Just as indicated in Source Matters for eggs and poultry guide, organic is better than conventional, but not optimal. Organic milk is often still homogenized and pasteurized, turning the milk into some unrecognizable white liquid.

What does organic mean for milk? It ensures that the animal ate organic and wasn’t given any hormones. However, you will likely still be drinking mystery milk that has been processed and heated beyond repair.When buying dairy, if you’re for some reason NOT going to go with raw, non homogenized milk, then we fully suggest at least springing for a jug of organic.

Grass Fed

Nearly all “raw” dairy is grass fed. Why would you want dairy to be grass fed? As highlighted in my guide to buying healthy red meat, cows are supposed to eat grass.

Why is buying dairy that is grass fed important? Well, it increases the beneficial omega 3 fats and balances out the ratio of omega 3 to omega 6 (bad and inflammatory). Grass fed leads to much higher levels of fat soluble vitamins and important compounds like conjugated linoleic acid (CLA) that help burn fat and provide usable energy.

Would you rather have the cows you eat from live off of salads or be stuffed full of grains and refined carbs that make them sick?

Butter and cheese

Same rules apply with grass fed beef here. Don’t waste your time with traditional butters. They are devoid of nutrients and good fats. When butter comes from grass fed animals, it is full of usable and healthy fats, vitamins and fat burning compounds.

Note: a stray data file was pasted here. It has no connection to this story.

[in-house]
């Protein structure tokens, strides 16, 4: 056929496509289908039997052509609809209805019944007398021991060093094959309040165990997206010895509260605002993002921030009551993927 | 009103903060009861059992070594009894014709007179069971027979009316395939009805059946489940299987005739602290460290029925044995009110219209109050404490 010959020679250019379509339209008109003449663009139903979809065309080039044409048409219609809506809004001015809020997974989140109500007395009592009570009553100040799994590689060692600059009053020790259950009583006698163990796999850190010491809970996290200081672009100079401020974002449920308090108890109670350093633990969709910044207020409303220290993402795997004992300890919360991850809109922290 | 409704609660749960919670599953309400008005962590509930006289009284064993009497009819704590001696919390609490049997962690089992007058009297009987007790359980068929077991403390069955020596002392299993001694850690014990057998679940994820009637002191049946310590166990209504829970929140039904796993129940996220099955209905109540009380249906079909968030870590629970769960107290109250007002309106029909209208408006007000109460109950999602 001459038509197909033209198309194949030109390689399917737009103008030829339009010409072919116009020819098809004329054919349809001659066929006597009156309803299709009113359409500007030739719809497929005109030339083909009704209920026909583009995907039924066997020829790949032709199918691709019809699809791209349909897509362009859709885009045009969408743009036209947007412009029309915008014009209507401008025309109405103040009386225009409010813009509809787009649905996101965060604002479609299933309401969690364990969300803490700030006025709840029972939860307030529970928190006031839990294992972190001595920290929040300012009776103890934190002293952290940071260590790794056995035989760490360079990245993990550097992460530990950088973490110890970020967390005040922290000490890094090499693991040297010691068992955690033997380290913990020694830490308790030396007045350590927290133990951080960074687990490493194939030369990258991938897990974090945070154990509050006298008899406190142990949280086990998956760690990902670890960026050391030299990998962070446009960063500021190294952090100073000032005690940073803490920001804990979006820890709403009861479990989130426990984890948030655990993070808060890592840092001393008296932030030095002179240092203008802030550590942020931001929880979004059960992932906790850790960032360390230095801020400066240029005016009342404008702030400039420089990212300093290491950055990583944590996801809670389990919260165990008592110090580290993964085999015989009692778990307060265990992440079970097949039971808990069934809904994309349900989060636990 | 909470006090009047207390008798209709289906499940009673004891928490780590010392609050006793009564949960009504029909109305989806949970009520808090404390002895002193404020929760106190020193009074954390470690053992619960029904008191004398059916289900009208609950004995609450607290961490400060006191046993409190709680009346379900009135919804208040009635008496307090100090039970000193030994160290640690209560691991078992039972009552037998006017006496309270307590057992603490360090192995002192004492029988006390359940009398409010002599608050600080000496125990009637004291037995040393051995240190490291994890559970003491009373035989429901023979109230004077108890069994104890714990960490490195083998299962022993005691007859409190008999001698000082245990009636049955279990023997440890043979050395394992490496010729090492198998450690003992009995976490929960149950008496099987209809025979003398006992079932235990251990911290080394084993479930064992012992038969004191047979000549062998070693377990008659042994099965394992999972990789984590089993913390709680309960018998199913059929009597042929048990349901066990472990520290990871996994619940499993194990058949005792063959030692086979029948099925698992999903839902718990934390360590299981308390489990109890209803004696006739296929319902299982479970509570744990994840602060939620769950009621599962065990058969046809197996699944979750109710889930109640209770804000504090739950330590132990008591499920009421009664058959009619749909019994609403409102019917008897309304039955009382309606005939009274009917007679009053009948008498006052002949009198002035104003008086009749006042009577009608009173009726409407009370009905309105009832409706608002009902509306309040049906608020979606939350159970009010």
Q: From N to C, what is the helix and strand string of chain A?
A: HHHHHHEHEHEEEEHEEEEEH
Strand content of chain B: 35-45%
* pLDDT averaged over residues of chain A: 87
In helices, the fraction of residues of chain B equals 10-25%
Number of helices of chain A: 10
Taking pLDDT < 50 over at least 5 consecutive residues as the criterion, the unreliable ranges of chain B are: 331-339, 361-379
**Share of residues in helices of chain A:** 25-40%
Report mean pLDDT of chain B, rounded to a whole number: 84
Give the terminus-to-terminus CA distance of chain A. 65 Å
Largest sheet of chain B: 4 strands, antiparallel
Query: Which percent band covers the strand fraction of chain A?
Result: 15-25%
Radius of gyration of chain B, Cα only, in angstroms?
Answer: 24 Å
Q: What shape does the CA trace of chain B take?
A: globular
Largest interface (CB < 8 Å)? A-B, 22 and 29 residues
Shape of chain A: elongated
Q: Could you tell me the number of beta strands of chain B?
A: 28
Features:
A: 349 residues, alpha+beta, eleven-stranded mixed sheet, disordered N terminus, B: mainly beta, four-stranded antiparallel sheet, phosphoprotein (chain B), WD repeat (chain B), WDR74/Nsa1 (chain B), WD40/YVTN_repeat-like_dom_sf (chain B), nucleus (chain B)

Kerrygold brand does a fantastic job of churning out grass fed butters. There are a lot of local brands as well, depending on where you live. Sometimes this is branded as “European Style” butters. Check the labels to make sure.
If you can’t access grass fed butter, use coconut oil or fat from grass fed animals to cook and and flavor when necessary.

Cheese is heavily processed the way it is. If you can find some good grass fed, raw milk cheeses, spring for it. Think of this like a luxury item and don’t depend on it for sustenance like some people do. If you’re looking for yogurt, we would advise against it due to the processing, but go for Greek and full fat. Fage is the best ubiquitous brand.


Consuming dairy should be considered on a case by case basis. Conduct a trial and error of eliminating all dairy for an entire month, then add in milk, cheese and butter one at a time to see if you have any adverse reactions. Common negative responses include upset GI system, bloating, acne, and lack of mental clarity. Trial and error is best here. If you don’t feel good after eating something, then don’t eat it. The only clear way to tell if dairy is something that your body can tolerate is to do a little n=1 experiment!

SUMMARY for buying healthy dairy

  • Don’t purchase skim, 1% or 2%

  • Go non-homogenized milk if possible when BUYING DAIRY

  • Go non-pasteurized (raw) if available when BUYING DAIRY

  • Look for grass fed

  • Look for “raw milk” on cheeses

  • Eliminate, then reintroduce to determine sensitivity


We hope you enjoyed this Source Matters installment. Any suggestions or questions on other products? Let us know in the comments below! Please share if you liked this post!